The COVID-19 pandemic magnified many problems in society, but few were as urgent as the homelessness crisis. With workers unable to attend work or facing furlough or unemployment, the threat of eviction leading to homelessness loomed large. Though state and federal governments stepped in to help provide short-term assistance, the threat of homelessness remains at the forefront for many individuals.
For residents of Chicago, Michelle Gilbert ’86 and her colleagues at the Law Center for Better Housing (LCBH) are at the fore of the issue, providing vital aid in legal matters.
“I’ve spent most of my career working on behalf of tenants who have various legal problems, but especially those facing eviction,” she said. “It was always housing, even when I was a generalist, it was housing that to me was the most important.”
The best way to address the homelessness crisis, according to Gilbert, is to help prevent it. As Legal and Policy Director of LCBH, she works with at-risk tenants to help keep them from being evicted. In late 2022, LCBH was awarded a $7.1 million, three-year grant from the City of Chicago Department of Housing to represent tenants in eviction court. The grant, which is also managed by Legal Aid Chicago and CARPLS, will fund the Right to Counsel in Eviction Court Pilot Program, providing legal aid to eligible low-income renters at no cost.
“One thing we know is there’s an overwhelming disparity between landlords who have attorneys and tenants who have attorneys. LCBH collected a decade of eviction court data…it shows that over 80% of landlords have attorneys and less than 20% of tenants. The data also shows that people who have attorneys are more likely to prevail in their case,” Gilbert explained.
“The idea of right to counsel is to even up that imbalance. What we’re doing now, we don’t have the funding to get tenants the same percentage of representation as landlords, but I feel like our mission is accomplished when we raise issues. It gives judges things to think about, because maybe the judge thinks about it not only in my case but also in the next case,” she added. “I feel like our impact is broader than just the cases that we take.”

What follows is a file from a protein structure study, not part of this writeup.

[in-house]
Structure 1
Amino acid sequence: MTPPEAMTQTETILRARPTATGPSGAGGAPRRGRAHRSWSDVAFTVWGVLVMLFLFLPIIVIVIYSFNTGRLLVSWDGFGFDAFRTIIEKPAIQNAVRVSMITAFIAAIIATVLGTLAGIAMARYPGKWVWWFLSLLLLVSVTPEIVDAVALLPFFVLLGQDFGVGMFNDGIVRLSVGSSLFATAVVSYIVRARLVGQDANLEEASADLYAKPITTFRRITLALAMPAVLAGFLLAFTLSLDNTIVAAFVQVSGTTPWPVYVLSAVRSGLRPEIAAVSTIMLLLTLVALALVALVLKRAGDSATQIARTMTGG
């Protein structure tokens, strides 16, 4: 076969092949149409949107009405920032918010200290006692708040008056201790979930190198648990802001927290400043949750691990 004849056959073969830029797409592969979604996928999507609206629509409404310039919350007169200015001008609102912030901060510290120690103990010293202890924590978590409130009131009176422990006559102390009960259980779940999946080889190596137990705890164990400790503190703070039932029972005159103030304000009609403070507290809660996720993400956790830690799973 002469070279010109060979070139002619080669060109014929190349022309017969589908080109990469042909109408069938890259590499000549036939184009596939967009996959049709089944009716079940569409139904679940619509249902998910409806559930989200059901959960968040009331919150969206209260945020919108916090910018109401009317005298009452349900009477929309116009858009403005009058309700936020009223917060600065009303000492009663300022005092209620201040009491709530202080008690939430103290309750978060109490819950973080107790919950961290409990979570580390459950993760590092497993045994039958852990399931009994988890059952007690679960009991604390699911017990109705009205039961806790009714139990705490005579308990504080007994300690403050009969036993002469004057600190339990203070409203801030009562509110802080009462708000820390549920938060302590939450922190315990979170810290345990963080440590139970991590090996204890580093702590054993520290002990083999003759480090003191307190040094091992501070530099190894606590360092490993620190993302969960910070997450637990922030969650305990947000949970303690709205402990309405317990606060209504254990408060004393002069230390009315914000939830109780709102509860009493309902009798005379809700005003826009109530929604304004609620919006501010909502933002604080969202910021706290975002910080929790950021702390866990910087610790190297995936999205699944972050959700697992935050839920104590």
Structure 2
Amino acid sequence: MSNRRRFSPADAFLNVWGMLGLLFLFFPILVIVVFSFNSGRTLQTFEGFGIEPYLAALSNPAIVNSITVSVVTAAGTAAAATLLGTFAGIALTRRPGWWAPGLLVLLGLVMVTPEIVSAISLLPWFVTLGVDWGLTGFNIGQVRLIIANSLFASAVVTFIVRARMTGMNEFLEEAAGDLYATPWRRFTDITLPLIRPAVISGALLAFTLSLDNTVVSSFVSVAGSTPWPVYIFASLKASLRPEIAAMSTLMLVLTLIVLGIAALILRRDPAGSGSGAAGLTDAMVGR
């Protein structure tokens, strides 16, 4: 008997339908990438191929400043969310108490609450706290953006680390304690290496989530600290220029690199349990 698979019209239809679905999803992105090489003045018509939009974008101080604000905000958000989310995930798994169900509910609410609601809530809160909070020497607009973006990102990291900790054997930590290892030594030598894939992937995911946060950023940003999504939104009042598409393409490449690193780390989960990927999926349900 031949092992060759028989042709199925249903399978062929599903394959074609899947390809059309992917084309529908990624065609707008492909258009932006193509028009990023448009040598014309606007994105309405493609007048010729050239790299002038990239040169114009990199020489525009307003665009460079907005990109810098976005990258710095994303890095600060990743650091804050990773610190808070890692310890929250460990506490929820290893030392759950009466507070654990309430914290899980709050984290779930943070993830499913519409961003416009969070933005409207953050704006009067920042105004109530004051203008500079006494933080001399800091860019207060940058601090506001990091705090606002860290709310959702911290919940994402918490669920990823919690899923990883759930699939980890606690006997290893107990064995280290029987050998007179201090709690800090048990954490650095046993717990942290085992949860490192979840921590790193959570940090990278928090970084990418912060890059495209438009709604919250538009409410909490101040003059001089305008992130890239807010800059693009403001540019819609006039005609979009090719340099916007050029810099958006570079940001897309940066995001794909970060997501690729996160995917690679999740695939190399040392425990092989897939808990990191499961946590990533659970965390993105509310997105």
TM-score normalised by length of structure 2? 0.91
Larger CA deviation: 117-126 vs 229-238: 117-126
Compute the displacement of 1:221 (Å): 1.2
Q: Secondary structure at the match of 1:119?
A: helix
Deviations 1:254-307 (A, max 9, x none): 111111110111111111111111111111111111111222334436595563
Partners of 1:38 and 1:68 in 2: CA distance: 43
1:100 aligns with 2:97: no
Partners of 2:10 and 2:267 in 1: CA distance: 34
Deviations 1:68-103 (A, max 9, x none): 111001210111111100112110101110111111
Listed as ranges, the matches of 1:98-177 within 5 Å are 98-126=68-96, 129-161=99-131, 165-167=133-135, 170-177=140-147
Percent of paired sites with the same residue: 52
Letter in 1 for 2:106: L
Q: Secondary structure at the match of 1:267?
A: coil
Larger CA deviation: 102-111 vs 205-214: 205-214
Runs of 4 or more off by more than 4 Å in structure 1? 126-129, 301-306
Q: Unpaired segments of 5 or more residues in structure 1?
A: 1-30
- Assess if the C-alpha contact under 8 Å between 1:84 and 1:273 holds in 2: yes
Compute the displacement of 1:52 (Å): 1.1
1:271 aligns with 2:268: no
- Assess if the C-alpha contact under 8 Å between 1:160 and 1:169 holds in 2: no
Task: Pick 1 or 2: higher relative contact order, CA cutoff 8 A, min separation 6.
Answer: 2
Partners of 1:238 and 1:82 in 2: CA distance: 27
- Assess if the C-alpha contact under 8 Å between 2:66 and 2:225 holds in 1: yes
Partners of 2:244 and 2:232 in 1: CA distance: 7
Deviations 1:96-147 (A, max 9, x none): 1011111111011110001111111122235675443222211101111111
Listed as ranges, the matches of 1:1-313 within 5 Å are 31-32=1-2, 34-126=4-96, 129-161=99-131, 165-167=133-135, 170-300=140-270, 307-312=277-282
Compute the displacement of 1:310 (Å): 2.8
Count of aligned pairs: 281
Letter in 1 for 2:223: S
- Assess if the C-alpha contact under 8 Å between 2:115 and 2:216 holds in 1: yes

The pilot program helps bring Chicago closer in line with other metropolitan areas, such as New York, San Francisco, and Cleveland, that have established a right to counsel for eviction court – a “civil Gideon,” as Gilbert explained.
This work marks the next step in her career, which has included 30 years with Legal Aid Chicago in various roles, including time as the director of their HIV law project. A career in public interest was not something Gilbert imagined as a law student at Illinois, however.
One of her favorite classes was Constitutional Law with John Nowak, and as she continued conversations with Professor Nowak outside the classroom, she found encouragement to ask different questions and develop her own sense of how the law should benefit everyone.
“He brought me under his wing. I made sure to take his other classes and I worked for him when I was a third year,” Gilbert said. “Definitely whatever I did with Professor Nowak in law school was the best thing I did. I learned so much from him in the classroom and then also being able to go to his office and talk with him.”
Gilbert sees a lot more emphasis on careers in public service at Illinois today than when she was a student, and she is happy to network with students and collaborate with Matthew Clegg, Associate Director of the Office of Career Planning and Professional Development, to help encourage more students to take a path like hers. She’s a self-described “proud Illini,” with the orange wardrobe to prove it, and enjoys sharing her passion: whether that’s taking in games with her family, including her son, a 2019 engineering graduate, or helping guide the next generation of public interest lawyers from the College of Law.